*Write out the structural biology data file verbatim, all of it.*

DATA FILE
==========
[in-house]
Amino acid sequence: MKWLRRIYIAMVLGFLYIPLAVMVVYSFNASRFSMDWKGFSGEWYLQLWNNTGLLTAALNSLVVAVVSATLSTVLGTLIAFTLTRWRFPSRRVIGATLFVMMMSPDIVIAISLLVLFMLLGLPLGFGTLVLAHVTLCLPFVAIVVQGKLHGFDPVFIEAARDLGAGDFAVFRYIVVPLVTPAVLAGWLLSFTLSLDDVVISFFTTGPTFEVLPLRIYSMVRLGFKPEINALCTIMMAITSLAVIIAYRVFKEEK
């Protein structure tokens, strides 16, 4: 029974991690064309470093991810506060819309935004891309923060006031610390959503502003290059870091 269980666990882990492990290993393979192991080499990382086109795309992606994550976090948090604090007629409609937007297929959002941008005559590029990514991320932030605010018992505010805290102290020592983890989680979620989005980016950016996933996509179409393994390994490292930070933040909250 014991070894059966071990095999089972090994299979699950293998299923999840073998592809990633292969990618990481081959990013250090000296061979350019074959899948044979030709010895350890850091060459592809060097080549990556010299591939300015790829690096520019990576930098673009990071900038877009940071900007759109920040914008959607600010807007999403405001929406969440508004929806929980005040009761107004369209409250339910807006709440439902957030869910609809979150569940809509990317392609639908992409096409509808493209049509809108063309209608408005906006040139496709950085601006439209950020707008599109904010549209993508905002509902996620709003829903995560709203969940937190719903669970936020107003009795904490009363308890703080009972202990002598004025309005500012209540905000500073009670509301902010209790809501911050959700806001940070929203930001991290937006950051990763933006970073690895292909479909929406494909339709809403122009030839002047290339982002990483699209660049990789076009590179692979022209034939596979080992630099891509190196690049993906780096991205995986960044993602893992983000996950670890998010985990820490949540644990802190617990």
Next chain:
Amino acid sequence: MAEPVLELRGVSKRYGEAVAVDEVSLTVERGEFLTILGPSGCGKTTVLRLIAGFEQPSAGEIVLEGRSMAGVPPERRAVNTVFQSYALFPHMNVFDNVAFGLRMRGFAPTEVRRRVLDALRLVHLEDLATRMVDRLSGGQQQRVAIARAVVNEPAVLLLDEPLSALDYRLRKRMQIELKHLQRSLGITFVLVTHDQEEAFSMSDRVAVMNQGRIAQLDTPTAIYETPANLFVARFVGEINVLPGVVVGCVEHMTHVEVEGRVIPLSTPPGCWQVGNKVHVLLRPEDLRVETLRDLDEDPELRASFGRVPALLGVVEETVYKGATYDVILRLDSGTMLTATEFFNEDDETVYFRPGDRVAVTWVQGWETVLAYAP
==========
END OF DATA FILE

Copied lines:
[in-house]
Amino acid sequence: MKWLRRIYIAMVLGFLYIPLAVMVVYSFNASRFSMDWKGFSGEWYLQLWNNTGLLTAALNSLVVAVVSATLSTVLGTLIAFTLTRWRFPSRRVIGATLFVMMMSPDIVIAISLLVLFMLLGLPLGFGTLVLAHVTLCLPFVAIVVQGKLHGFDPVFIEAARDLGAGDFAVFRYIVVPLVTPAVLAGWLLSFTLSLDDVVISFFTTGPTFEVLPLRIYSMVRLGFKPEINALCTIMMAITSLAVIIAYRVFKEEK
């Protein structure tokens, strides 16, 4: 029974991690064309470093991810506060819309935004891309923060006031610390959503502003290059870091 269980666990882990492990290993393979192991080499990382086109795309992606994550976090948090604090007629409609937007297929959002941008005559590029990514991320932030605010018992505010805290102290020592983890989680979620989005980016950016996933996509179409393994390994490292930070933040909250 014991070894059966071990095999089972090994299979699950293998299923999840073998592809990633292969990618990481081959990013250090000296061979350019074959899948044979030709010895350890850091060459592809060097080549990556010299591939300015790829690096520019990576930098673009990071900038877009940071900007759109920040914008959607600010807007999403405001929406969440508004929806929980005040009761107004369209409250339910807006709440439902957030869910609809979150569940809509990317392609639908992409096409509808493209049509809108063309209608408005906006040139496709950085601006439209950020707008599109904010549209993508905002509902996620709003829903995560709203969940937190719903669970936020107003009795904490009363308890703080009972202990002598004025309005500012209540905000500073009670509301902010209790809501911050959700806001940070929203930001991290937006950051990763933006970073690895292909479909929406494909339709809403122009030839002047290339982002990483699209660049990789076009590179692979022209034939596979080992630099891509190196690049993906780096991205995986960044993602893992983000996950670890998010985990820490949540644990802190617990």
Next chain:
Amino acid sequence: MAEPVLELRGVSKRYGEAVAVDEVSLTVERGEFLTILGPSGCGKTTVLRLIAGFEQPSAGEIVLEGRSMAGVPPERRAVNTVFQSYALFPHMNVFDNVAFGLRMRGFAPTEVRRRVLDALRLVHLEDLATRMVDRLSGGQQQRVAIARAVVNEPAVLLLDEPLSALDYRLRKRMQIELKHLQRSLGITFVLVTHDQEEAFSMSDRVAVMNQGRIAQLDTPTAIYETPANLFVARFVGEINVLPGVVVGCVEHMTHVEVEGRVIPLSTPPGCWQVGNKVHVLLRPEDLRVETLRDLDEDPELRASFGRVPALLGVVEETVYKGATYDVILRLDSGTMLTATEFFNEDDETVYFRPGDRVAVTWVQGWETVLAYAP